PROJECT SUMMARY The goal of this study is to determine the molecular mechanisms by which long ?noncoding? RNAs regulate mammalian cells differentiation. Long noncoding RNAs (lncRNAs), defined as RNAs longer than 200nt without functional protein coding capacity, are emerging regulators of gene expression. Genomic studies revealed that many lncRNAs are differentially expressed in a wide variety of biological processes. Although an increasing number of lncRNAs are observed to play important roles under many physiological and pathological conditions, the molecular mechanisms they use to control gene expression are still unknown for a lot of lncRNAs. Thus, mechanistically characterizing functionally important lncRNAs in mammalian cells is of high significance to both RNA molecular biology and potential usage of these RNAs as diagnostic markers and therapeutic targets. Using the terminal differentiation of erythroid cells as a model, our recent studies revealed that lncRNAs can be classified into bona fide lncRNAs and small-polypeptide-encoding ?lncRNAs? based on their functional association with the cellular translational apparatus, the ribosome. Notably, we observed that lncRNAs from each of these two categories play critical roles in this important cell differentiation process. Thus, we plan to mechanistically dissect how bona fide lncRNAs and small-polypeptide-encoding ?lncRNAs? regulate gene expression in mammalian cell differentiation, respectively. The results from this study will not only fill a fundamental knowledge gap in lncRNA biology, the molecular mechanisms of lncRNAs, but also may potentially provide insights for human diseases, as one of the lncRNAs we will study, Dleu2, is frequently deleted in certain human leukemias.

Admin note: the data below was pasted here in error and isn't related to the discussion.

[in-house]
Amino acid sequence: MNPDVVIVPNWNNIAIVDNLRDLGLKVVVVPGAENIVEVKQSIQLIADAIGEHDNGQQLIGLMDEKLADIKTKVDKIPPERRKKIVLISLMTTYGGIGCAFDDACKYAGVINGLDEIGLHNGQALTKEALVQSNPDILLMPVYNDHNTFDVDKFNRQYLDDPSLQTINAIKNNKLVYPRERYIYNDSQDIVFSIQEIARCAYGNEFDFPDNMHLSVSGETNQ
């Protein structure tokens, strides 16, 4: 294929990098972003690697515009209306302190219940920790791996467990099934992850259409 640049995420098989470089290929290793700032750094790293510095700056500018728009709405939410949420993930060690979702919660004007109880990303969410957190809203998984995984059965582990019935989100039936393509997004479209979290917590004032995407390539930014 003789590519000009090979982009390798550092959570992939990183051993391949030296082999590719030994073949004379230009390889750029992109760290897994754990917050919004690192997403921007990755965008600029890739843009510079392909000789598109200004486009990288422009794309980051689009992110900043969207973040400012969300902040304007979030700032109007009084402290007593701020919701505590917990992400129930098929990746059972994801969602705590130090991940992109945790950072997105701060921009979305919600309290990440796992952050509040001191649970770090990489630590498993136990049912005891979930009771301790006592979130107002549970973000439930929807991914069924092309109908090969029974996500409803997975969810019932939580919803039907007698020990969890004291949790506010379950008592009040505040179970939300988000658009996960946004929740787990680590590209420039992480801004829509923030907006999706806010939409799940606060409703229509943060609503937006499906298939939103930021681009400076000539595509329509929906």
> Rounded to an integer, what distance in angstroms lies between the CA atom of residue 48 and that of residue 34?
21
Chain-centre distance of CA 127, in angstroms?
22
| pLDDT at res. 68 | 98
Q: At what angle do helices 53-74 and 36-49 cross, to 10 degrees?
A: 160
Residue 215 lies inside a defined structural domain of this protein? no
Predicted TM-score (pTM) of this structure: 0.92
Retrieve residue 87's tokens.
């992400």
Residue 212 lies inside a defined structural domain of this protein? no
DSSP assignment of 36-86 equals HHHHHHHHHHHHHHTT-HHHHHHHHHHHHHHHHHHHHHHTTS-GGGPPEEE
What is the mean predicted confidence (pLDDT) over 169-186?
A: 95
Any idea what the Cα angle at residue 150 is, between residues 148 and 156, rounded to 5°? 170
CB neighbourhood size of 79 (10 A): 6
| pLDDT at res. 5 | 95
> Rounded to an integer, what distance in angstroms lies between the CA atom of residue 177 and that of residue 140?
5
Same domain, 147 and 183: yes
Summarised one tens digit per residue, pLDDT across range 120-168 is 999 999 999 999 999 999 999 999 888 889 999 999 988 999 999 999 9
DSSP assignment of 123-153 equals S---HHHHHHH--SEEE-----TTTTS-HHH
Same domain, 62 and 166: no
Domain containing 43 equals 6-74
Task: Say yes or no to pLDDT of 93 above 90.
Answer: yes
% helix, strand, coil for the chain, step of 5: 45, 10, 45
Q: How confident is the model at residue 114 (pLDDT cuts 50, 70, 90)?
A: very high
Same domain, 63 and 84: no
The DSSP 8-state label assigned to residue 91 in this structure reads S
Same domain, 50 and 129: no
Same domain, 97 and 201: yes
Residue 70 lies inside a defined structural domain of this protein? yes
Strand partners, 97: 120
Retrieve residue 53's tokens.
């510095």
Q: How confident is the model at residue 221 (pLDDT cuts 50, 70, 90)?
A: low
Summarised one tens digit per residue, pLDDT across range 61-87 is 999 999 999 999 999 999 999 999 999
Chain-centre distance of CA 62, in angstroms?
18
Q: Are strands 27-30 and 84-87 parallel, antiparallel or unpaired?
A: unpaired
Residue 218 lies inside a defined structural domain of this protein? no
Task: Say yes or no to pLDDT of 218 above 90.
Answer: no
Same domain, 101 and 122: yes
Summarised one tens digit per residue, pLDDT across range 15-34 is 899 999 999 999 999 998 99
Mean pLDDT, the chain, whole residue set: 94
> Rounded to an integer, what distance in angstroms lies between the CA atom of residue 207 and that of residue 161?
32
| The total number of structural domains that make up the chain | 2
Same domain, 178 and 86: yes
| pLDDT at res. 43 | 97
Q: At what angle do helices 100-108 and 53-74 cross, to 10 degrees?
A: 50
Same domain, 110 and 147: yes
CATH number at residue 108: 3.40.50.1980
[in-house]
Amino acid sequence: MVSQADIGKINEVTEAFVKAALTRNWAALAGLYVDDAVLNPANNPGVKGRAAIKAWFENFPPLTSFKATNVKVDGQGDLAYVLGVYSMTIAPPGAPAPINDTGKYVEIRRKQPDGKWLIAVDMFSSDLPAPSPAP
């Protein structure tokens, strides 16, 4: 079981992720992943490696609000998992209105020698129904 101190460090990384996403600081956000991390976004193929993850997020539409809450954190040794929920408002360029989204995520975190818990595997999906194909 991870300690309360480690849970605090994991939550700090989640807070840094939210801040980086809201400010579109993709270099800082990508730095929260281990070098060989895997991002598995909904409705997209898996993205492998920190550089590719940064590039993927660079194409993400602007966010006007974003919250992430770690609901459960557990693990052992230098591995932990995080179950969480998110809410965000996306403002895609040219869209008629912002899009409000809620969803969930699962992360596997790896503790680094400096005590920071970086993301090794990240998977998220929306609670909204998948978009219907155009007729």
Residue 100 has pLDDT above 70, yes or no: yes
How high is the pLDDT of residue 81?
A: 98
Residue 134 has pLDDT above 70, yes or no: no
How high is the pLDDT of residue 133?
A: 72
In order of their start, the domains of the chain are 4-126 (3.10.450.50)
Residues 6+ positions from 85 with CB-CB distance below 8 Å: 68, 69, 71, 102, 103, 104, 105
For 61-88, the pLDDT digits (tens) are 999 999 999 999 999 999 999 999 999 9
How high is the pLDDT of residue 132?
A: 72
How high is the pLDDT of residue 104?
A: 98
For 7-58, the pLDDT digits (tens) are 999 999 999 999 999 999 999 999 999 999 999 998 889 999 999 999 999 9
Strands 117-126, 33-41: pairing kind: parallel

- National Institute of General Medical Sciences: $318,000.00
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